“Some women get erased a little at a time, some all at once. Some reappear. Every woman who appears wrestles with the forces that would have her disappear. She struggles with the forces that would tell her story for her, or write her out of the story, the genealogy, the rights of man, the rule of law. The ability to tell your own story, in words or images, is already a victory, already a revolt.”
~ Rebecca Solnit, Men Explain Things to Me
Hockey is back! Toronto, Ontario was the first stop for the Professional Women’s Hockey Players Association’s (PWHPA) Dream Gap Tour. I didn’t really know what to expect going into this past weekend because there wasn’t a lot of media coverage leading up the event. Ideally we would like see more consistent storytelling leading up to the event and to provide enough lead time to ensure that people who need to travel the games can do so; but, major outlets such as the Globe and Mail, the CBC, and TSN did release articles within a couple of days of the event. We didn’t see a lot of social media amplification except from the players, the PWHPA itself, and the regular women’s hockey circle. Thus, I was pleasantly surprised on Saturday morning when I arrived to a bustling Westwood Arena and packed stands for the first of four games that would be played over the weekend.
This barnstorming tour is meant to drum up support and interest in women’s hockey by showcasing best-on-best over various weekends around North America. Players were split into four teams loosely resembling the old CWHL rosters from the Toronto Furies (Team Knox), Markham Thunder (Team Jenner), Les Canadiennes de Montréal (Team Poulin), and Calgary Inferno (Team Johnston). There were ceremonial puck drops before each game, three stars were named after every game, and four players went home with Budweiser goal lights as their Player of the Game prizes. It was a LOT of hockey but after the summer that women’s hockey faced it also felt like necessary catharsis for players, volunteers, and fans alike. It was a collective exhale to say: we’re not going anywhere.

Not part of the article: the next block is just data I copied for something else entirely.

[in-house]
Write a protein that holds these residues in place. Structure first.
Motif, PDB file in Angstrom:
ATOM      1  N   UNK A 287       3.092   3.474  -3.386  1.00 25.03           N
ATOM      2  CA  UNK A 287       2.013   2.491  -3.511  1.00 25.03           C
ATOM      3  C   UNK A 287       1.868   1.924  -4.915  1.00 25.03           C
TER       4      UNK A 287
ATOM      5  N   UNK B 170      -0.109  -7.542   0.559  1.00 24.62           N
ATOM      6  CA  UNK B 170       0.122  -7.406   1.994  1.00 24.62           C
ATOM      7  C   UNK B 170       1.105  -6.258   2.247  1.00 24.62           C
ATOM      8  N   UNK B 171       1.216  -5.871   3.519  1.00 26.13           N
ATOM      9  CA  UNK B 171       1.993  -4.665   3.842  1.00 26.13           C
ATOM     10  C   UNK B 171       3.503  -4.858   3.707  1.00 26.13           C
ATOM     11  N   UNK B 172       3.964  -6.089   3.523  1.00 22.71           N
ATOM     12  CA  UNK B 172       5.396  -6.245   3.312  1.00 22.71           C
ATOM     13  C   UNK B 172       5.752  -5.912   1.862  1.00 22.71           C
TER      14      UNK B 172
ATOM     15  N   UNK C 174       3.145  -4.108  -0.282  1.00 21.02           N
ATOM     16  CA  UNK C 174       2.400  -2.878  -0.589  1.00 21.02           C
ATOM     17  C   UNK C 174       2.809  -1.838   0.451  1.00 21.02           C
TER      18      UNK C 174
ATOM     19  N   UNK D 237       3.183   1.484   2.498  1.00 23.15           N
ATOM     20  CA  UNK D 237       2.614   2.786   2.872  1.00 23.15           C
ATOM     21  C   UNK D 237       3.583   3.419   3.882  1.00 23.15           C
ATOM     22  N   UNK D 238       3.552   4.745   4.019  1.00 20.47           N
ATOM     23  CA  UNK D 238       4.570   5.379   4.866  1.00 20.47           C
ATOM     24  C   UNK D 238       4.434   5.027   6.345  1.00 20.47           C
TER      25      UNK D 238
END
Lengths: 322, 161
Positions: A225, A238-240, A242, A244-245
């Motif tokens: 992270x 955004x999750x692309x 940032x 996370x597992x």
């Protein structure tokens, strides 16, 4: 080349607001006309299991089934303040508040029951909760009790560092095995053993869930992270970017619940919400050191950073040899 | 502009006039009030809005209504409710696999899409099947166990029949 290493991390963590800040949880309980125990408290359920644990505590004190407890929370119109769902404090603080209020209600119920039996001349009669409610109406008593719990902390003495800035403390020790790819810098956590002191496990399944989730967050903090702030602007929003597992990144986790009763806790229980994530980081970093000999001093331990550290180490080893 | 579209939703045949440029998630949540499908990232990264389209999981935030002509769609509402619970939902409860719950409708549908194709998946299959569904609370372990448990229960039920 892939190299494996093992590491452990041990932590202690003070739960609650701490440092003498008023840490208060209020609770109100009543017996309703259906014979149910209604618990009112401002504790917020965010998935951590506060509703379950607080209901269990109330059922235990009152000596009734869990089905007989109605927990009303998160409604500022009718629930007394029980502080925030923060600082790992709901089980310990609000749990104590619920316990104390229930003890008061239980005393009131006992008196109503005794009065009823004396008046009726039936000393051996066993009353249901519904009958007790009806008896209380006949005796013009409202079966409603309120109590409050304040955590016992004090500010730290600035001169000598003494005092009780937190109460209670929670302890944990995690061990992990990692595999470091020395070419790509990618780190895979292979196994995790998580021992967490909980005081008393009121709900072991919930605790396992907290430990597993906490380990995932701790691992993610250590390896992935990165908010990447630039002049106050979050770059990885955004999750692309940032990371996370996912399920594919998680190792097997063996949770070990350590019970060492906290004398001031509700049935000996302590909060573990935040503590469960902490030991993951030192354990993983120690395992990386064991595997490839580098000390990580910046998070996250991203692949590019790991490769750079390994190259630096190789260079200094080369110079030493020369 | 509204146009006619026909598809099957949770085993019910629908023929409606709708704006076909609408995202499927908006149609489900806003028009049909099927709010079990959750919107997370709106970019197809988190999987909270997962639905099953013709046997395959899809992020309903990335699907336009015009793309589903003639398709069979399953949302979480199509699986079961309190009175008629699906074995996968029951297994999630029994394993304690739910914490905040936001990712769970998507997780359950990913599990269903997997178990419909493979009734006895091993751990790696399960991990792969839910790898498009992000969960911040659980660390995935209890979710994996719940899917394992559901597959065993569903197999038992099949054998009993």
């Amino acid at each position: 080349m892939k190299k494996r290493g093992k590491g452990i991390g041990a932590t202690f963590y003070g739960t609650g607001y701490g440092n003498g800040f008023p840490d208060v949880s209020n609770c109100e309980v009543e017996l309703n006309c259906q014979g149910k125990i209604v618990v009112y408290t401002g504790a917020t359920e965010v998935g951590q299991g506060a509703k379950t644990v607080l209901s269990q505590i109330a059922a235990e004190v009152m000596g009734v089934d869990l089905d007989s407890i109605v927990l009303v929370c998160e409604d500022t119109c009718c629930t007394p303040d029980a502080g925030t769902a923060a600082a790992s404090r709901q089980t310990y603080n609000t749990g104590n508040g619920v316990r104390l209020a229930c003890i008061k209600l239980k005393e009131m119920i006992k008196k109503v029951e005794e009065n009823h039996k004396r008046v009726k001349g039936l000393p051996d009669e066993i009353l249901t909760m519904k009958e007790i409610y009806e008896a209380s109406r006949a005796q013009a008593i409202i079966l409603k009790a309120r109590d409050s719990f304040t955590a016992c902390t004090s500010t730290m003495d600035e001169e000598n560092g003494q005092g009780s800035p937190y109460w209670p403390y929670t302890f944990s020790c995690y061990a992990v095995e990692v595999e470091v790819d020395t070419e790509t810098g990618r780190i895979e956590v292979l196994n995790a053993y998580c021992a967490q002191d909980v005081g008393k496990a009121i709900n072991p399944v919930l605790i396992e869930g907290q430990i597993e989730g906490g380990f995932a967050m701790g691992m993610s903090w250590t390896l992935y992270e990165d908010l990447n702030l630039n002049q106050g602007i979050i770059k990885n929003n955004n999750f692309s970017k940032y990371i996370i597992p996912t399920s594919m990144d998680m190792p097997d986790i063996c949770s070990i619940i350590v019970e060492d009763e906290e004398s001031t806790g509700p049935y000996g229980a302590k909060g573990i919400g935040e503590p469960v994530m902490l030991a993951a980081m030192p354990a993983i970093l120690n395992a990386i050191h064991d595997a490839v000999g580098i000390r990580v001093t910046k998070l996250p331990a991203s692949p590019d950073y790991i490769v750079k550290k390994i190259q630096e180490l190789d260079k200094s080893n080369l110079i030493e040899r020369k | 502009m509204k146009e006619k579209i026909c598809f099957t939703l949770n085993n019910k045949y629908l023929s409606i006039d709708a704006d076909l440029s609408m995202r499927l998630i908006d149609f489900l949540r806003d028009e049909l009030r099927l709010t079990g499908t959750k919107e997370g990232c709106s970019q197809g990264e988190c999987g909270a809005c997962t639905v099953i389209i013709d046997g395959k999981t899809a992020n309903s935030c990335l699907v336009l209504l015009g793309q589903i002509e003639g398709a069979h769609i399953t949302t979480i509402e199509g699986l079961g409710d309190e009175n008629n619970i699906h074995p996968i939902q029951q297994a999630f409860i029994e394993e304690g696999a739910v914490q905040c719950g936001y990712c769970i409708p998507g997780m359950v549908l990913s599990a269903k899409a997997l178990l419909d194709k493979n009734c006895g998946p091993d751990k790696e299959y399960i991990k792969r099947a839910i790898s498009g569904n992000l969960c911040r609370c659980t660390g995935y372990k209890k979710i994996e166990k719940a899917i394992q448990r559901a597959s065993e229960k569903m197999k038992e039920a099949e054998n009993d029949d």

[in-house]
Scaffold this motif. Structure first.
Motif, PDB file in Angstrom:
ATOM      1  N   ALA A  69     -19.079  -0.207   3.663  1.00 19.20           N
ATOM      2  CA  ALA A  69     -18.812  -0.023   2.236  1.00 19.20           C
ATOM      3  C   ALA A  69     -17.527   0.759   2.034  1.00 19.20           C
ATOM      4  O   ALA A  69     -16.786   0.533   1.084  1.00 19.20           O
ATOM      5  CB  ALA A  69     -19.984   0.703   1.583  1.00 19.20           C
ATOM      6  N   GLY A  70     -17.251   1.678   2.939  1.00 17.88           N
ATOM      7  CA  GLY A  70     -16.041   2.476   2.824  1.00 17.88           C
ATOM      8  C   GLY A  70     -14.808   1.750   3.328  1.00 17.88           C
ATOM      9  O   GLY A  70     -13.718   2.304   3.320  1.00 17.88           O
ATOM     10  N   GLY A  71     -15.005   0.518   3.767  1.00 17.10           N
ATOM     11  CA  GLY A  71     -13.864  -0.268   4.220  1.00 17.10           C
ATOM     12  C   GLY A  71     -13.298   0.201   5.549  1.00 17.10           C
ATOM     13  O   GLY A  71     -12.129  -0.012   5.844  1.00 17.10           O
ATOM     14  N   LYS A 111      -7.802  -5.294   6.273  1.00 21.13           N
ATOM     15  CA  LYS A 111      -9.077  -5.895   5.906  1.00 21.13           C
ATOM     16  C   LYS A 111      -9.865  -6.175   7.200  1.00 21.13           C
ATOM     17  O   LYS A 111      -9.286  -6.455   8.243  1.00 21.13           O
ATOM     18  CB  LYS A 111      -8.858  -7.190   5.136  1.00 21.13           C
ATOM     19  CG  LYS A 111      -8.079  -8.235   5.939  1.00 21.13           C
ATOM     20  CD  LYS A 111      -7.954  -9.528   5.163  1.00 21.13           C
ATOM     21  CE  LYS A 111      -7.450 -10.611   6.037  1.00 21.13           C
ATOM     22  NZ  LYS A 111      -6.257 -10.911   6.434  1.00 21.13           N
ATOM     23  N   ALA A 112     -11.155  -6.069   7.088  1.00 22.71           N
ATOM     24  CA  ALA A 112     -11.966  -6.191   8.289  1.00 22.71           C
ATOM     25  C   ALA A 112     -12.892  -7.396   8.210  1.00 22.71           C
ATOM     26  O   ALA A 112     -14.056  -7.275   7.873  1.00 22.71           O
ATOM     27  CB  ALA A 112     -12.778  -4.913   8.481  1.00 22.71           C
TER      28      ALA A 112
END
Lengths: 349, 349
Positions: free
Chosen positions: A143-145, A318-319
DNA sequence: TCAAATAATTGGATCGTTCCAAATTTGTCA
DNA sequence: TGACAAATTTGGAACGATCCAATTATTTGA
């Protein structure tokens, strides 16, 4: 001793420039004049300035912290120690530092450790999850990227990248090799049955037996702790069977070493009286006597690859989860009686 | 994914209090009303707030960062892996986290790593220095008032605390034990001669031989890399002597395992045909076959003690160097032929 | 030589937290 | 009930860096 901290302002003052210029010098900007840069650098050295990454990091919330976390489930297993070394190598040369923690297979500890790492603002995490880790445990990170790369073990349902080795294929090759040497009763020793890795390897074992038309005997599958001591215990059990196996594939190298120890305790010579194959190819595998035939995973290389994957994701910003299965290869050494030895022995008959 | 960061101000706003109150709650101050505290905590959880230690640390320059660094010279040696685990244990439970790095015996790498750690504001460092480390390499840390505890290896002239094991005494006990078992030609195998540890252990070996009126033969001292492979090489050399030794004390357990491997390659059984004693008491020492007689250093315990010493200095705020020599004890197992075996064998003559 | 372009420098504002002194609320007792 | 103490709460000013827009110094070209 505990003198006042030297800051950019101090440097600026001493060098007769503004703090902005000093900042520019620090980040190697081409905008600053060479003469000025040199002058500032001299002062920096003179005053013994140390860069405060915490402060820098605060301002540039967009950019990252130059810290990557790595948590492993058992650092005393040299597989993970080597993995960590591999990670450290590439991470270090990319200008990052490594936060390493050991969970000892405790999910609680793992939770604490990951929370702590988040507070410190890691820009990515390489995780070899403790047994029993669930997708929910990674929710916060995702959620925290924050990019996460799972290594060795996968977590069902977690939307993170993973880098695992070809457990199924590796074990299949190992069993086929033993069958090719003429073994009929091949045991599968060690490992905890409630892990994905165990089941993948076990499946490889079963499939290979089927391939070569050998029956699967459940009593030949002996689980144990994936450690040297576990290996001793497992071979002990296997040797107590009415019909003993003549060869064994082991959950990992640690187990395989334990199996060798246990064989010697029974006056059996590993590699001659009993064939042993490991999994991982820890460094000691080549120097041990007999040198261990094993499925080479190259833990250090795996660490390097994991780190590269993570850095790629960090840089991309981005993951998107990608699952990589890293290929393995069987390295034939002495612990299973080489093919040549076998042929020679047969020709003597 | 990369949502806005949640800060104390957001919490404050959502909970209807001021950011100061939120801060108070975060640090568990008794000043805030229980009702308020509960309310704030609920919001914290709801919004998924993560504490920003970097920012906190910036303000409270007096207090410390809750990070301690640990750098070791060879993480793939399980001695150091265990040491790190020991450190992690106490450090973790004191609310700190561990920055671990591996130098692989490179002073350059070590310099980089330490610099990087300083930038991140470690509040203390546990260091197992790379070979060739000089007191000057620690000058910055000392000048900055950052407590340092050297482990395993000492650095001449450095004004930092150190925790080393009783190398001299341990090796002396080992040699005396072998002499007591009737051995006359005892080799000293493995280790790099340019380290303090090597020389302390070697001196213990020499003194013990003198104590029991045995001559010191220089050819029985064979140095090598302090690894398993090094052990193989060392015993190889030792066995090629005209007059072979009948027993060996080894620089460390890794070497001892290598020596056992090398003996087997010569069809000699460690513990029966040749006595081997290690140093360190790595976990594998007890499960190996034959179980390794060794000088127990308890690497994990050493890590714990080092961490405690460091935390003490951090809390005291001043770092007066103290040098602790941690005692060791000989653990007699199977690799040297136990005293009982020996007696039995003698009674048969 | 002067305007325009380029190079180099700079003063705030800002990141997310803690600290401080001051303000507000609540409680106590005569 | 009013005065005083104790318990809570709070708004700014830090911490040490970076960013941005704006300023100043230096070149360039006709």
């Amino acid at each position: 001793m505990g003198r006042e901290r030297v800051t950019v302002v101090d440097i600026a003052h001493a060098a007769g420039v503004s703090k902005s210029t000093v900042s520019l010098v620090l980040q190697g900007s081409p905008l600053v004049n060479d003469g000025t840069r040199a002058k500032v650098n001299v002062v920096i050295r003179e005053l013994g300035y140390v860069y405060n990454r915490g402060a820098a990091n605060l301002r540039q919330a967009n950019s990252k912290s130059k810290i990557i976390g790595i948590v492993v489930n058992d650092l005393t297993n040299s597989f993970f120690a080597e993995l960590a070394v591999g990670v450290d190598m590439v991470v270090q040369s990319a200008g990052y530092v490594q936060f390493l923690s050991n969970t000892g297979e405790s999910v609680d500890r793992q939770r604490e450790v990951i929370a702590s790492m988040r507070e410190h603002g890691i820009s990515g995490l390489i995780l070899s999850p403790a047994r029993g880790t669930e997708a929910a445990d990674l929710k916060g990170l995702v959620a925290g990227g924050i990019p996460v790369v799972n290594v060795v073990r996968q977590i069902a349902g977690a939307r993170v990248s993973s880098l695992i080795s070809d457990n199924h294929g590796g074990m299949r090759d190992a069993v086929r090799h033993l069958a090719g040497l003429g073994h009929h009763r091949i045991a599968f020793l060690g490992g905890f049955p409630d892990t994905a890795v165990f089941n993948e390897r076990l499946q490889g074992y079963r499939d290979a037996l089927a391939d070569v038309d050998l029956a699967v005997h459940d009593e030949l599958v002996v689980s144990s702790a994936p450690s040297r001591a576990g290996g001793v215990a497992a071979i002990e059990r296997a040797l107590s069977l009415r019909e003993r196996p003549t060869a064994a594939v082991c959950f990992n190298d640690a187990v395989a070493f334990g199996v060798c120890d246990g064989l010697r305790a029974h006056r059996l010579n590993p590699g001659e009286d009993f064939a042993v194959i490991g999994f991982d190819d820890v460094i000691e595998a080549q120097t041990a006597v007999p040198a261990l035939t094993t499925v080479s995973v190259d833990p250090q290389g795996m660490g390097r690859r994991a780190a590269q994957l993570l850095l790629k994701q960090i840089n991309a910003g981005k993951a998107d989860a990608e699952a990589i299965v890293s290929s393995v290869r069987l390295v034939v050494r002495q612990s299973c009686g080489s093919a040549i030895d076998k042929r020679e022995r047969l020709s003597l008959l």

It was a little strange holding the showcase at a multi-centre rink because mixed amongst all the celebs and elite women’s hockey players were random parents and kids just trying to get to their own game or practice. On the other hand, the location and community intermingling is also symbolic of where women’s hockey is right now. While having lunch at the pub inside the rink, a woman at the next table over asked our table what the event was. We explained that this was an exhibition to make a case for professional women’s hockey etc. etc. She asked if there were women from Team Canada on the ice. She expressed how impressed she was with the speed and skill of the players and that she had no idea that there was a CWHL or that it had folded. She just assumed that Canada’s best women’s hockey players were taken care of in some way or another. So, the media can continue to focus on the manufactured divide between the NWHL and the PWHPA all it wants but the bottom line is that the hockey community continues to know very little about women’s hockey unless Olympic Rings are attached to it.
Say what you will about the PWHPA’s decision to run a barnstorming tour rather than spread out to various leagues but there was more media and sponsorship attention for this event than I have ever seen at a CWHL game, save for the All-Star game. CBC Sports streamed all four games with commentary online. Adidas sponsored gear and swag for the players. Budweiser sponsored the “beer garden” and organized a player party. Bauer provided players with helmets, face masks, pants, and gloves. All the PWHPA merchandise basically sold out before the end of the first day.
Here’s a replay of Natalie Spooner doing Natalie Spooner-like things but let’s face it, the low budget production value is not good enough to capture what these women are capable of doing on that ice. Also notice that CBC Olympics tweeted this highlight, rather than the CBC Sports account.